In Athenian democracy, not only did citizens participate in a direct democracy whereby they themselves made the decisions by which they lived, but they also actively served in the institutions that governed them, and so they directly controlled all parts of the political process.
Other political systems
However, not all ancient Greek city-states were using a direct democratic system.
Other city-states had, at one time or another, systems of democracy, notably Argos, Syracuse, Rhodes, and Erythrai. In addition, sometimes even oligarchic systems could involve a high degree of political equality, but the Athenian version, starting from c. 460 BCE and ending c. 320 BCE and involving all male citizens, was certainly the most developed.
So, whether it be a semi direct democracy, a representative democracy, an oligarchy, or dictatorship, how did Athenian democracy compare to other ancient Greek city-states using a different political system in terms of the living standards of the citizens? Were the citizens in other ancient Greek city-states that were not using the Athenian model, worse off, or better off?
Living standards do not depend only on type of government, but on technology development and other factors, like natural resources per capita and economic extraction abilities (taxes).
Certain types of government foster the appearance of new technology, or foreign technology adoption. Democracies are certainly an open type of government that favours technology.
Nonetheless, Ancient Greece had very few resources per capita. The land is dry, and there's not much arable land. That was a major factor in the colonizations: many, many people left Ancient Greece because of the poverty. The majority of the population in Ancient Greece lived just above the subsistence level. As advantage, Athens had (has) quite a large arable hinterland, but not as much as Thebes did, or other cities did, in Macedonia or the Peloponnese.
That said, Classical Athens did have a dominant political relationship (very good terms), to extract taxes on other Greek cities using the Delian league. This was unmatched during Ancient Times in terms of added prosperity to a Greek city. The revenues were huge. Sure, that Athens was a democracy helped organize and maintain the League, but you should consider also simple military factors on this (aka: the unmatched Athenian Navy).
To conclude, the spoils of war is a factor to consider too, because of the difficulty to obtain metals in Ancient times. Athens had access to large amounts of metals thanks to the victories in the Greek-Persian wars. This marks the start of Athenian prosperity. But this was lost soon, and dispersed, since Athens lost wars trying to obtain a land superiority they did not have in mainland Greece.
It should be noted that Athens-(from around 600 BC/BCE until the middle of the 300's BC/BCE), established the world's earliest known Democracy. As far as we know, there were no other democracies that predate Athenian Democracy. One could perhaps expand the definition of "Democracy", to perhaps include, Rome's Republic, which was established around 500 BC/CE and lasted until the beginning of the Pax Romana in 27/ 26 BC/BCE-(though it would still be a stretch of the historical imagination). Perhaps even crediting the North African city of Carthage and the creation of its own quasi-democratic system shortly after the Athenians had established their own version of Democracy. Yet, despite these two notable historical examples, Ancient Athens continues to remain the birthplace of Democracy.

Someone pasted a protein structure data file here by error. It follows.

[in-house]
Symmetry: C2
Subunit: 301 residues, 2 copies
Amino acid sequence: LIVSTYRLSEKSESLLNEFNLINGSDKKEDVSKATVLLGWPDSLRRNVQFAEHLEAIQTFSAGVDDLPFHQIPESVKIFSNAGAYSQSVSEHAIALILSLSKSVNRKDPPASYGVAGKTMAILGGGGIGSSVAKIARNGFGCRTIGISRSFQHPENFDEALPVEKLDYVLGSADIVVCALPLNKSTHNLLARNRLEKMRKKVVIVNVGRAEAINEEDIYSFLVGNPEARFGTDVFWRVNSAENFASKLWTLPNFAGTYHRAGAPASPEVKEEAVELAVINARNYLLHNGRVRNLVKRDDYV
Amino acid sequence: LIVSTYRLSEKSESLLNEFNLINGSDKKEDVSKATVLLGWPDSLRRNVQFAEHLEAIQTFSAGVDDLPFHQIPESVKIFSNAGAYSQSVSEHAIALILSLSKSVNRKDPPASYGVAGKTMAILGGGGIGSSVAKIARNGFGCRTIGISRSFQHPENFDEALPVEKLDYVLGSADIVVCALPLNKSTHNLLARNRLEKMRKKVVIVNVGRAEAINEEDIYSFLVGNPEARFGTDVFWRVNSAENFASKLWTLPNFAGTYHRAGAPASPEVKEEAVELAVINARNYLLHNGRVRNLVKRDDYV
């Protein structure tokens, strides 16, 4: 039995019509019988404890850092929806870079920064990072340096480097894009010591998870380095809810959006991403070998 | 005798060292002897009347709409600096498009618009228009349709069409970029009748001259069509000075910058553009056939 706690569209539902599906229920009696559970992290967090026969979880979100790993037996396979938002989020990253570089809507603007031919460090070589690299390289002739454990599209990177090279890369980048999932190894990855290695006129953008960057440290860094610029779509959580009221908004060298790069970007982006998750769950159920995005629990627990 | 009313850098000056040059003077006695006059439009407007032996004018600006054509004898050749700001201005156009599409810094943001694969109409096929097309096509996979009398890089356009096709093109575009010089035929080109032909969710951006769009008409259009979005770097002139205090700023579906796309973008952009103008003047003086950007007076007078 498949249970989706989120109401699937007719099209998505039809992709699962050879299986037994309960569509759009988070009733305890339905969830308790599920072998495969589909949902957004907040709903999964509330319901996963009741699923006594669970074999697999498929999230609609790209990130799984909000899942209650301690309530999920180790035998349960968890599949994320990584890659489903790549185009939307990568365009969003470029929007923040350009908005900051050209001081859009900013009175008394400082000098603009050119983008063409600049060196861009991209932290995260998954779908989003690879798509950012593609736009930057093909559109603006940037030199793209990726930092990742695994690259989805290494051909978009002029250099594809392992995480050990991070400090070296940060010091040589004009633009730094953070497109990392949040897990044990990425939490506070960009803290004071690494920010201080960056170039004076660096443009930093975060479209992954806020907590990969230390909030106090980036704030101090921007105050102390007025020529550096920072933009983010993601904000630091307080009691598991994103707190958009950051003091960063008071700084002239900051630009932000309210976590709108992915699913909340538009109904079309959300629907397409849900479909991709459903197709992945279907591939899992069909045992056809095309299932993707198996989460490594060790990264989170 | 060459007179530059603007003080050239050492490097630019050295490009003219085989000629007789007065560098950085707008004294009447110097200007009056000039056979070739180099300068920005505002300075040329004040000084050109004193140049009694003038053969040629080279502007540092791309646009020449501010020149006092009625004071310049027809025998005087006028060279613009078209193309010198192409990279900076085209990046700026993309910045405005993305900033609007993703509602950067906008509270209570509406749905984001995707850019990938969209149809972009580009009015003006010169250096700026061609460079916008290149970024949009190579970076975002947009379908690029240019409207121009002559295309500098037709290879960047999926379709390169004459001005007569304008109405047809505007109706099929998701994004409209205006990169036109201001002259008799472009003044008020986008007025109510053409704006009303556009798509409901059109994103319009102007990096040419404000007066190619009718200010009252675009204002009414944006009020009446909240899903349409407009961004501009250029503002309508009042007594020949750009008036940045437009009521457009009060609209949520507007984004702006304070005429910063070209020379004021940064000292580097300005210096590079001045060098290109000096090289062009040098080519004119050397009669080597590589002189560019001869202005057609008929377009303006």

What is interesting is that when both scholars and students alike refer to "the Greeks as Founders of Democracy", there tends to be-(perhaps unwittingly), an ignoring of the greater historical reality. Essentially, Greek Democracy was very much a uniquely Athenian invention; there were no other genuinely democratic Greek City-States before, during or shortly after the heyday of Athenian Democracy. Nearly every Ancient Greek City-State-(whether in Greece proper, Asia Minor/Anatolia, Southern Italy, the Southern Balkans, as well as other Greek colonial city-states across the Mediterranean and Black Sea regions), were governed either by Monarchs, Oligarchs or Tyrants, whereby the citizens of those City-States had no electoral power. City-States, such as Sparta, Corinth and especially, the city-state of Syracuse in Northern Sicily-(despite the above referencing), were usually governed by undemocratic rulers and regimes. The Athenian Democratic model was quite distinct and unique within the Greater Greek world, as well as far beyond its borders.
(And while Alexander The Great may have a legendary reputation among contemporary Greeks-(as well as among fans of Greek history and culture), both he and especially his Father, King Philip of Macedon, closely resembled the Monarchical rule of various Greek City-States across the above mentioned regions and had absolutely no similarity to Athenian democratic rule whatsoever. Remember, the Macedonian Monarchy conquered Athens-(just ask the famous Athenian Statesman, Demosthenes).
So it is really more accurate to say that it was the Greco-Athenians-(from the time of Solon, until the conquest of Athens by the Macedonians), who established the world's first Democratic system-(which was far from perfect and ideal. Athenian democracy had its fair share of tyrannical and oligarchic interruptions over the centuries....as well as slavery).
Overall, the historical credit of establishing the world's first democracy should really be assigned to the Greco-Athenians....and not necessarily to the wider Greek world.